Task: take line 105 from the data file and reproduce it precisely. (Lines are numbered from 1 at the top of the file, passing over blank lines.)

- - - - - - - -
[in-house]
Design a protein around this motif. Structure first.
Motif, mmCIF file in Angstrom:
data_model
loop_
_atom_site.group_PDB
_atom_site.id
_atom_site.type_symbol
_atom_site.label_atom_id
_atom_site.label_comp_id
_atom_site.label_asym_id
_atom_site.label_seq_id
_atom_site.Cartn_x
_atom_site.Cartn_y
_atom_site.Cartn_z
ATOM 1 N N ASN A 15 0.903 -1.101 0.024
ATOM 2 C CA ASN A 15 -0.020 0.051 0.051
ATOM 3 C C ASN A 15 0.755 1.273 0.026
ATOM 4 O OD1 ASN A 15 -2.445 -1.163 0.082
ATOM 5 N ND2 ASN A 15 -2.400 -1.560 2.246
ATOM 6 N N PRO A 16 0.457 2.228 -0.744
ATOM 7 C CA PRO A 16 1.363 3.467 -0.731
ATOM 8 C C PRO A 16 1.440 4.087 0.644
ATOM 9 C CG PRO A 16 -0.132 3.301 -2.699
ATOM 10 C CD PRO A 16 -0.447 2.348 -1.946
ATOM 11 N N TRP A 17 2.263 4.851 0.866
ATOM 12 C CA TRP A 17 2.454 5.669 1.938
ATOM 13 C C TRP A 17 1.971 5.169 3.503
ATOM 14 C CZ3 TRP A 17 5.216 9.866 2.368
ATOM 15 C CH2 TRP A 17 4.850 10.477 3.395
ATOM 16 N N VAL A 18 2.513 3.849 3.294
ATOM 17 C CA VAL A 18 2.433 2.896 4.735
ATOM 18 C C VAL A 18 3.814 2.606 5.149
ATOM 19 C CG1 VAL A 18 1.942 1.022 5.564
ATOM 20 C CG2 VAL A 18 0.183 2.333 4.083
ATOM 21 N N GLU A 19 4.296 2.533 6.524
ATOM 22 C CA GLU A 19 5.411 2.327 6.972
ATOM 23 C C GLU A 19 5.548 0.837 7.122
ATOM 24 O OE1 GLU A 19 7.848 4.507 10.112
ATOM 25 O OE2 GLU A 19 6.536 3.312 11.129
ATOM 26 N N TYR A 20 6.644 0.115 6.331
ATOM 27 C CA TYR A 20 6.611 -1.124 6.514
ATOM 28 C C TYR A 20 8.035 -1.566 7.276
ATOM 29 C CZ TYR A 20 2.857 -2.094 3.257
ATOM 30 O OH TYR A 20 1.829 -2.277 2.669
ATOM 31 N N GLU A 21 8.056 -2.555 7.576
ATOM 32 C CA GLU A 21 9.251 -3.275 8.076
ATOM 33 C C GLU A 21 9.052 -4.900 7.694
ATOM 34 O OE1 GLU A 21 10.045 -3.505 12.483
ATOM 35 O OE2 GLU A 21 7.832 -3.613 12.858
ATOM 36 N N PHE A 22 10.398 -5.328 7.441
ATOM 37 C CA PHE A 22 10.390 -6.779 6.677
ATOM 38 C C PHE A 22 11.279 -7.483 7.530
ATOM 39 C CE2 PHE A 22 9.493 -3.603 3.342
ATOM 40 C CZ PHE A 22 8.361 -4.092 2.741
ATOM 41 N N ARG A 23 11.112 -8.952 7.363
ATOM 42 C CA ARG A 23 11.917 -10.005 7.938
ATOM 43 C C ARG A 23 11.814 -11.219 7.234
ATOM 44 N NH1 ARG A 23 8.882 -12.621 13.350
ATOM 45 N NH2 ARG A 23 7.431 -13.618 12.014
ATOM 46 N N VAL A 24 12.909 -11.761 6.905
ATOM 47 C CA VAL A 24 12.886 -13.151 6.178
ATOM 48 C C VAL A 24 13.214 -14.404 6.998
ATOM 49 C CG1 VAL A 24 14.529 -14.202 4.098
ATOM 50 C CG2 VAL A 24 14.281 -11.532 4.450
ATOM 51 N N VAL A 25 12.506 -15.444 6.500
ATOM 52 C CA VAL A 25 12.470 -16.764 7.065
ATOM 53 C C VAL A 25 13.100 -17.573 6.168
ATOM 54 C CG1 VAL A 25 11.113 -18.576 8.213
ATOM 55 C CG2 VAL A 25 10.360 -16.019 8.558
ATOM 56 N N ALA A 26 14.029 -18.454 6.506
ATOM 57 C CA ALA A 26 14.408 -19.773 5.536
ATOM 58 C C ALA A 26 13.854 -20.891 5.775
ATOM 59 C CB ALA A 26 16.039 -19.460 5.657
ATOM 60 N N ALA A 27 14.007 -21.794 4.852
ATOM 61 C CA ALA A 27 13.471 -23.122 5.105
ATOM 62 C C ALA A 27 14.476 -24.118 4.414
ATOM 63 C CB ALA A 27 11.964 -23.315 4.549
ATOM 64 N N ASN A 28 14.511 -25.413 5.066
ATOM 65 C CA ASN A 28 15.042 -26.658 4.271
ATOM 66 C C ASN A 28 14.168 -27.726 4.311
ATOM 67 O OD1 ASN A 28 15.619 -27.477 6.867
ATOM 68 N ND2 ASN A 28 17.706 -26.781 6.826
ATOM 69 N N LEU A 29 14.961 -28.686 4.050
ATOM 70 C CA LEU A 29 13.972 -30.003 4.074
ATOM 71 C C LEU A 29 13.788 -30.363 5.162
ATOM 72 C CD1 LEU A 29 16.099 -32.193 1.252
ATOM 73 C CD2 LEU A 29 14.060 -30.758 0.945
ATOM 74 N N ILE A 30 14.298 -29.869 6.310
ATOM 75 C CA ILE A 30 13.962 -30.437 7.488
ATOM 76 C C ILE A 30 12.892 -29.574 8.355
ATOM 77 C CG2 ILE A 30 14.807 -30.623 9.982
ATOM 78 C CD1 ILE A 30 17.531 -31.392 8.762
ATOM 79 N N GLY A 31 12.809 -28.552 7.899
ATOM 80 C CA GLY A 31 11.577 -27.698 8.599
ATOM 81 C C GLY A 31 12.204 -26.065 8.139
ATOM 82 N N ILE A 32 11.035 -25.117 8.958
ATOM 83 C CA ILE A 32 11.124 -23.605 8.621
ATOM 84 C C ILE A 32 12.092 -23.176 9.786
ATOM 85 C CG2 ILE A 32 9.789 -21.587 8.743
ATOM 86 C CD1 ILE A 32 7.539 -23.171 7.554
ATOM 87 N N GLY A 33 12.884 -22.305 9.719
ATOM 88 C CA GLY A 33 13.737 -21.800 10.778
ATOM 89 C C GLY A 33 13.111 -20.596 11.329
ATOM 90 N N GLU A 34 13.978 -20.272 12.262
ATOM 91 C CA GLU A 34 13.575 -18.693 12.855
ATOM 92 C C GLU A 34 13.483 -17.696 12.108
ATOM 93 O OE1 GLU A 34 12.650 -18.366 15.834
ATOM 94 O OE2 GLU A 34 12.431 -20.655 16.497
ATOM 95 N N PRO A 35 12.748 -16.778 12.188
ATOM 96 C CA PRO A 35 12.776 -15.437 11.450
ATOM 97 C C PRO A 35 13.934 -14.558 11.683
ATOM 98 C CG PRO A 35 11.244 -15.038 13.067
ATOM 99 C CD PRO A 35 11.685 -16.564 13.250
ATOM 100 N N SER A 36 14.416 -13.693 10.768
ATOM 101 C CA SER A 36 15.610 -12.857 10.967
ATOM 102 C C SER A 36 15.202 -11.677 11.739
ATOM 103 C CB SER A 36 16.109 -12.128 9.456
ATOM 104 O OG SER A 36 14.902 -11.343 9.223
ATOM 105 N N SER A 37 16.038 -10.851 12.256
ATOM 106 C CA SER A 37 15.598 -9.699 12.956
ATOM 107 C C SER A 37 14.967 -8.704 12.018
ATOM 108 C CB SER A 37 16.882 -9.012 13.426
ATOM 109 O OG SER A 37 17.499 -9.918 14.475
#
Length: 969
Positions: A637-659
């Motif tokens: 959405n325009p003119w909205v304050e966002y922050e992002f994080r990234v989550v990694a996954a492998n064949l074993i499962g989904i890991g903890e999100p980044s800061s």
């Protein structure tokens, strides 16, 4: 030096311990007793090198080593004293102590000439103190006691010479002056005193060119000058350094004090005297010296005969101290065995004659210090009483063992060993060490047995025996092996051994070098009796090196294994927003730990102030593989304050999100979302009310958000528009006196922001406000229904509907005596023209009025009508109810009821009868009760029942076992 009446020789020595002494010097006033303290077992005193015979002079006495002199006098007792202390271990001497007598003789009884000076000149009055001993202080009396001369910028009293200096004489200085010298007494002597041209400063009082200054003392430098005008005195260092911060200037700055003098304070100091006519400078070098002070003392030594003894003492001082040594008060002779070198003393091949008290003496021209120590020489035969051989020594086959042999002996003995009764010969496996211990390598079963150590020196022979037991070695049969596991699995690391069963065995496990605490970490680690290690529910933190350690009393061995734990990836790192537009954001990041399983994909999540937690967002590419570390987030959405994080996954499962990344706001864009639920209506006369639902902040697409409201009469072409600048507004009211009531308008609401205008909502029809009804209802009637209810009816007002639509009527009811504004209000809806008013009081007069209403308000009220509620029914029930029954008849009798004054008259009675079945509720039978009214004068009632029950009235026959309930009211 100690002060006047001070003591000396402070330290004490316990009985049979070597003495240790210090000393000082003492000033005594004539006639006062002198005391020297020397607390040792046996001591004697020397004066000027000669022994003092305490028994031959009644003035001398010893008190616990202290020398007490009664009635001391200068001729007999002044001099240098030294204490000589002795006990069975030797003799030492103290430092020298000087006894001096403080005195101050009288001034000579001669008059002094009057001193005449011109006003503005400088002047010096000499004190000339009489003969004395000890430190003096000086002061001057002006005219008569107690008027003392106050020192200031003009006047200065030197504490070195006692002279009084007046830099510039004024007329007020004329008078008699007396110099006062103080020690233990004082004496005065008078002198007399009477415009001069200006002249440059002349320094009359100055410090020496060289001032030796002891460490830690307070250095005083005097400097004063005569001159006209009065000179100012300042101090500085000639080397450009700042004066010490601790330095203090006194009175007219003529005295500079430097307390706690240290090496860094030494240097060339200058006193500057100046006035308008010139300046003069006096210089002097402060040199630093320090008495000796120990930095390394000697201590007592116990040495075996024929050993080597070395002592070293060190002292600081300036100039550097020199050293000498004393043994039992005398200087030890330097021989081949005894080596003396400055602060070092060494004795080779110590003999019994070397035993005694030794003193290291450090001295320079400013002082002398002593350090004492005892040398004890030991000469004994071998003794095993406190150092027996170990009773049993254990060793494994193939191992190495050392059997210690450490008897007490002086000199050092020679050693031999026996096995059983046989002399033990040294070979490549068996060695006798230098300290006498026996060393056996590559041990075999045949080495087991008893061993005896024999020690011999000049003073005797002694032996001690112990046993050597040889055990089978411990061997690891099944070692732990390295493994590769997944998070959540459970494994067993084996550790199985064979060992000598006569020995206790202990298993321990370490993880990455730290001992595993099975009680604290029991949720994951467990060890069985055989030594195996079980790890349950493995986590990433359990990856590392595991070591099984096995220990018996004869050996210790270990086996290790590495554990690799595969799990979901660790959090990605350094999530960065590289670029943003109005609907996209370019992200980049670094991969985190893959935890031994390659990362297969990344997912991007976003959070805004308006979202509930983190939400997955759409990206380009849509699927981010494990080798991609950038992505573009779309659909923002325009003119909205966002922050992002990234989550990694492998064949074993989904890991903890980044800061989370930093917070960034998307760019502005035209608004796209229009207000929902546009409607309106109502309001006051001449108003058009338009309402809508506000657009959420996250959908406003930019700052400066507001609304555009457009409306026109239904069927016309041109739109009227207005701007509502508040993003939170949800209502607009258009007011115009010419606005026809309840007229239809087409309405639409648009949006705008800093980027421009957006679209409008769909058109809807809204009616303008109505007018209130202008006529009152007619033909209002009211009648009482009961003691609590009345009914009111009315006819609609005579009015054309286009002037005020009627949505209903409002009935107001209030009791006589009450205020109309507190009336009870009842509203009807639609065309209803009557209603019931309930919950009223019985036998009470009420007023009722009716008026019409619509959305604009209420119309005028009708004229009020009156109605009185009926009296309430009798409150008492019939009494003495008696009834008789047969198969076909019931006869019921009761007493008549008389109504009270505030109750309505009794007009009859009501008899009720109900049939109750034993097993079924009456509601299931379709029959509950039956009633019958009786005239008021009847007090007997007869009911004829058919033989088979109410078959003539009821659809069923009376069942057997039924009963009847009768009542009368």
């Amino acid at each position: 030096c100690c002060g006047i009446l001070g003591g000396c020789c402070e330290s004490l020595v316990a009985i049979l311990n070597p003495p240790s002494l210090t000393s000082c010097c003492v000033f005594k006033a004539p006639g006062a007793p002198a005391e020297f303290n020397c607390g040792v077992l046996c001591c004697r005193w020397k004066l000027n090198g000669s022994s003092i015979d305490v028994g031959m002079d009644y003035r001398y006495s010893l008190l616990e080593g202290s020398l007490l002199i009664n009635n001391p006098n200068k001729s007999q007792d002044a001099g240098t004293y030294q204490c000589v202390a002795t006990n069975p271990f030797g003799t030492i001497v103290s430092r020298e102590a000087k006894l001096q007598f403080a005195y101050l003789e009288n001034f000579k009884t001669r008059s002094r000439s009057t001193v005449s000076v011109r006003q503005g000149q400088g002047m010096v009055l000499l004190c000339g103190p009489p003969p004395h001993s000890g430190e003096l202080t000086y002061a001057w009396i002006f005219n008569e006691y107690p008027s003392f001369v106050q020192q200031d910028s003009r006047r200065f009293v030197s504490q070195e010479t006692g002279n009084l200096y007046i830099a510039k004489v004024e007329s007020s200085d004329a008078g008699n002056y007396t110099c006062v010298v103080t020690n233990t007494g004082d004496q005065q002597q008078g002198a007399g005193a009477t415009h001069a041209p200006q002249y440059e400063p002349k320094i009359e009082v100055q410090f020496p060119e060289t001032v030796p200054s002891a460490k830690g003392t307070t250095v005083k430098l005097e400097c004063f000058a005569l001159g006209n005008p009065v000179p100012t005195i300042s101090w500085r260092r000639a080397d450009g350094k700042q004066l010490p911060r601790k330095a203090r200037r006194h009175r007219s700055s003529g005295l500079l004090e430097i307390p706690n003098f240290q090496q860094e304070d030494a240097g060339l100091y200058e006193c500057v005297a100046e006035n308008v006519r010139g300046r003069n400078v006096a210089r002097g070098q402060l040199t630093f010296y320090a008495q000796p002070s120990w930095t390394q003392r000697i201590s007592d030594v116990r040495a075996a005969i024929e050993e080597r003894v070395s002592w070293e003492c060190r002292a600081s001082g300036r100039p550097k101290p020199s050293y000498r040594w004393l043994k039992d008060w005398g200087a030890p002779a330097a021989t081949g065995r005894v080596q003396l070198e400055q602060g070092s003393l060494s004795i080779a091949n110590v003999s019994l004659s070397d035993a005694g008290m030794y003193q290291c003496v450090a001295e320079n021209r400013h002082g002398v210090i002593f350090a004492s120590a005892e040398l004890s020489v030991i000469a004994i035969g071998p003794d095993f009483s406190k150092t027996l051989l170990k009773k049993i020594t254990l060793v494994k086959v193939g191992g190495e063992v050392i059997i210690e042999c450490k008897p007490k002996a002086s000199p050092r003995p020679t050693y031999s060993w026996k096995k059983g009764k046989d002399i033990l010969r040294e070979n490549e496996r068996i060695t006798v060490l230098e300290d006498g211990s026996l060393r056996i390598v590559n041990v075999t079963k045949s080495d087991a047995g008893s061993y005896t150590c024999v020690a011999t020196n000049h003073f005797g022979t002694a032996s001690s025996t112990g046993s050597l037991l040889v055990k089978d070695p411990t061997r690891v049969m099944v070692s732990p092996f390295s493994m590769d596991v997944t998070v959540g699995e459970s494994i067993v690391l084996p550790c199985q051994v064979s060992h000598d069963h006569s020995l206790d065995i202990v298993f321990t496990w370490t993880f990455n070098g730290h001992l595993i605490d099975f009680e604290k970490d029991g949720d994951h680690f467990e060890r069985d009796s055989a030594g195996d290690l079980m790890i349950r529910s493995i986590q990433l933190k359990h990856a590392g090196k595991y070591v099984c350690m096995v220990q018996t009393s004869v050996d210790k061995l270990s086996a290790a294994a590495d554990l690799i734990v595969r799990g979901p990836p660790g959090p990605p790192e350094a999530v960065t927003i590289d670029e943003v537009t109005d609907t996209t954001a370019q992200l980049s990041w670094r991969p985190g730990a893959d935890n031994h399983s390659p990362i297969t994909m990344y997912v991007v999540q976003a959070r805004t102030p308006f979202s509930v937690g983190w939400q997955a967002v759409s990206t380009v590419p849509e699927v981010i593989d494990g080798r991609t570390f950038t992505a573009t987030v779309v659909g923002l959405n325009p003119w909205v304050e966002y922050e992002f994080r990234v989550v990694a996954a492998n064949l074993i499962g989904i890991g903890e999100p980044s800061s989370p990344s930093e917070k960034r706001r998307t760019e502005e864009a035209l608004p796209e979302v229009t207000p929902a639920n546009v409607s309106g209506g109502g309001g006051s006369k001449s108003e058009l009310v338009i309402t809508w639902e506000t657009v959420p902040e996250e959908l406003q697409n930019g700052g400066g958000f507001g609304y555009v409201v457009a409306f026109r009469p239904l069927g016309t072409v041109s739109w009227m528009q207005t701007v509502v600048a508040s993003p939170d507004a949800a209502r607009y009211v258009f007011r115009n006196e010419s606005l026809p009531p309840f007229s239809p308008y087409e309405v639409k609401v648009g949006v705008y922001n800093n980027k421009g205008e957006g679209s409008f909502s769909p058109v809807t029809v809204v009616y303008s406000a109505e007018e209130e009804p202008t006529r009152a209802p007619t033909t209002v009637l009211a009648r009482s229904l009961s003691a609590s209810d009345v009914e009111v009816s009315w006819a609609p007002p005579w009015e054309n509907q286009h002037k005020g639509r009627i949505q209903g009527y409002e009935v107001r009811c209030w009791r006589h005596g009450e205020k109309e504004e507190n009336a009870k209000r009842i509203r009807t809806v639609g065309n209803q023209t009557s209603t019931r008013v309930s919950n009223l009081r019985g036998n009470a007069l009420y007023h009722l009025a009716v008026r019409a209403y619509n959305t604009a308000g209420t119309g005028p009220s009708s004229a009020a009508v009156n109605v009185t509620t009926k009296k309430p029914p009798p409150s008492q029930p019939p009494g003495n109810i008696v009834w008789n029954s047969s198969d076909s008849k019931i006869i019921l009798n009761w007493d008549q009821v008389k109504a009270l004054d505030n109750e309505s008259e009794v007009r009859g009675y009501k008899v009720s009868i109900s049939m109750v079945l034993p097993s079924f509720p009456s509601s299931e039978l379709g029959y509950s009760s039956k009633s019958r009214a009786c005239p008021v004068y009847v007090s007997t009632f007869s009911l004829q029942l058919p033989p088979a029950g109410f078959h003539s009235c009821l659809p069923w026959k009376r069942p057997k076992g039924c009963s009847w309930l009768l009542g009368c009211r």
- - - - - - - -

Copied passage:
ATOM 90 N N GLU A 34 13.978 -20.272 12.262